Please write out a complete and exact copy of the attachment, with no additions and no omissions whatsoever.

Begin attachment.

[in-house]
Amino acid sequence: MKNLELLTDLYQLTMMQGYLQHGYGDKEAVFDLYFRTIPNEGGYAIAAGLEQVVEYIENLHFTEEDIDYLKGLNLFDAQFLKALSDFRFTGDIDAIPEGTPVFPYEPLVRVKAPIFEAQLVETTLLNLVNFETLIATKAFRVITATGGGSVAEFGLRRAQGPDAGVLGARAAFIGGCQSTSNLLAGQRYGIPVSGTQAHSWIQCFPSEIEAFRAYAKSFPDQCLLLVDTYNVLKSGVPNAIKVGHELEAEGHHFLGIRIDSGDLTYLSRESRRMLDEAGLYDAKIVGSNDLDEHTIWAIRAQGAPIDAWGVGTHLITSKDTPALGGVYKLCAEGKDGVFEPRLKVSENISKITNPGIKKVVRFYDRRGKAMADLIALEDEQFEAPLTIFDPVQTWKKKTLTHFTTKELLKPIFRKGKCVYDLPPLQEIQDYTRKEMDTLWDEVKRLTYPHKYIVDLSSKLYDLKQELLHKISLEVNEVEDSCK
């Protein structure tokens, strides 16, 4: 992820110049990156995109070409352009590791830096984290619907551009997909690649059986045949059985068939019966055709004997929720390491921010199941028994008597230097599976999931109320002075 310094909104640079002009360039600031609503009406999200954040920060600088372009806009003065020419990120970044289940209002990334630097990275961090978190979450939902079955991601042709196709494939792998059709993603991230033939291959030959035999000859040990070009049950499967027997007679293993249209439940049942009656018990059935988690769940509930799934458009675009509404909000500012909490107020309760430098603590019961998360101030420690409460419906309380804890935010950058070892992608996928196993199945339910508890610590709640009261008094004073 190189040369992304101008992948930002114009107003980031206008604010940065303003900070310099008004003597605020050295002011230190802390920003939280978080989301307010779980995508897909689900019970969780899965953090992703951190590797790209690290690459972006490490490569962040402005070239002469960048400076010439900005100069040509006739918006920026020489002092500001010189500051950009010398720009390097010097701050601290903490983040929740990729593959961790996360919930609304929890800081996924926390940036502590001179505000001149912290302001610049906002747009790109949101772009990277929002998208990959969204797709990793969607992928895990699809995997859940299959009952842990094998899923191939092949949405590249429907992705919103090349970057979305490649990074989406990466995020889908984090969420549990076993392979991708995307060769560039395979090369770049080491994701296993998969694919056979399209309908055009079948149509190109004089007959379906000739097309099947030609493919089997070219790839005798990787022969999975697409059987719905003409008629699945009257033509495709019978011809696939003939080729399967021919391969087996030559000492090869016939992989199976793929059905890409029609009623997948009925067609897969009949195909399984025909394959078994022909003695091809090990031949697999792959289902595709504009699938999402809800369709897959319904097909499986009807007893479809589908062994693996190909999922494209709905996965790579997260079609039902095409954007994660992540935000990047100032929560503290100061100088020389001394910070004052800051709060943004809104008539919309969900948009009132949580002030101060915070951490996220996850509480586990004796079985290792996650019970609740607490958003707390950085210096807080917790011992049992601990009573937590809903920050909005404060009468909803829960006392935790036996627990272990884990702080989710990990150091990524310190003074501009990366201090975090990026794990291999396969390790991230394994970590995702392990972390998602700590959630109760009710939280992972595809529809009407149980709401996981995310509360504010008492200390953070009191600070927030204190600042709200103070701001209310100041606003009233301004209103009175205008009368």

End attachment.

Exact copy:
[in-house]
Amino acid sequence: MKNLELLTDLYQLTMMQGYLQHGYGDKEAVFDLYFRTIPNEGGYAIAAGLEQVVEYIENLHFTEEDIDYLKGLNLFDAQFLKALSDFRFTGDIDAIPEGTPVFPYEPLVRVKAPIFEAQLVETTLLNLVNFETLIATKAFRVITATGGGSVAEFGLRRAQGPDAGVLGARAAFIGGCQSTSNLLAGQRYGIPVSGTQAHSWIQCFPSEIEAFRAYAKSFPDQCLLLVDTYNVLKSGVPNAIKVGHELEAEGHHFLGIRIDSGDLTYLSRESRRMLDEAGLYDAKIVGSNDLDEHTIWAIRAQGAPIDAWGVGTHLITSKDTPALGGVYKLCAEGKDGVFEPRLKVSENISKITNPGIKKVVRFYDRRGKAMADLIALEDEQFEAPLTIFDPVQTWKKKTLTHFTTKELLKPIFRKGKCVYDLPPLQEIQDYTRKEMDTLWDEVKRLTYPHKYIVDLSSKLYDLKQELLHKISLEVNEVEDSCK
């Protein structure tokens, strides 16, 4: 992820110049990156995109070409352009590791830096984290619907551009997909690649059986045949059985068939019966055709004997929720390491921010199941028994008597230097599976999931109320002075 310094909104640079002009360039600031609503009406999200954040920060600088372009806009003065020419990120970044289940209002990334630097990275961090978190979450939902079955991601042709196709494939792998059709993603991230033939291959030959035999000859040990070009049950499967027997007679293993249209439940049942009656018990059935988690769940509930799934458009675009509404909000500012909490107020309760430098603590019961998360101030420690409460419906309380804890935010950058070892992608996928196993199945339910508890610590709640009261008094004073 190189040369992304101008992948930002114009107003980031206008604010940065303003900070310099008004003597605020050295002011230190802390920003939280978080989301307010779980995508897909689900019970969780899965953090992703951190590797790209690290690459972006490490490569962040402005070239002469960048400076010439900005100069040509006739918006920026020489002092500001010189500051950009010398720009390097010097701050601290903490983040929740990729593959961790996360919930609304929890800081996924926390940036502590001179505000001149912290302001610049906002747009790109949101772009990277929002998208990959969204797709990793969607992928895990699809995997859940299959009952842990094998899923191939092949949405590249429907992705919103090349970057979305490649990074989406990466995020889908984090969420549990076993392979991708995307060769560039395979090369770049080491994701296993998969694919056979399209309908055009079948149509190109004089007959379906000739097309099947030609493919089997070219790839005798990787022969999975697409059987719905003409008629699945009257033509495709019978011809696939003939080729399967021919391969087996030559000492090869016939992989199976793929059905890409029609009623997948009925067609897969009949195909399984025909394959078994022909003695091809090990031949697999792959289902595709504009699938999402809800369709897959319904097909499986009807007893479809589908062994693996190909999922494209709905996965790579997260079609039902095409954007994660992540935000990047100032929560503290100061100088020389001394910070004052800051709060943004809104008539919309969900948009009132949580002030101060915070951490996220996850509480586990004796079985290792996650019970609740607490958003707390950085210096807080917790011992049992601990009573937590809903920050909005404060009468909803829960006392935790036996627990272990884990702080989710990990150091990524310190003074501009990366201090975090990026794990291999396969390790991230394994970590995702392990972390998602700590959630109760009710939280992972595809529809009407149980709401996981995310509360504010008492200390953070009191600070927030204190600042709200103070701001209310100041606003009233301004209103009175205008009368």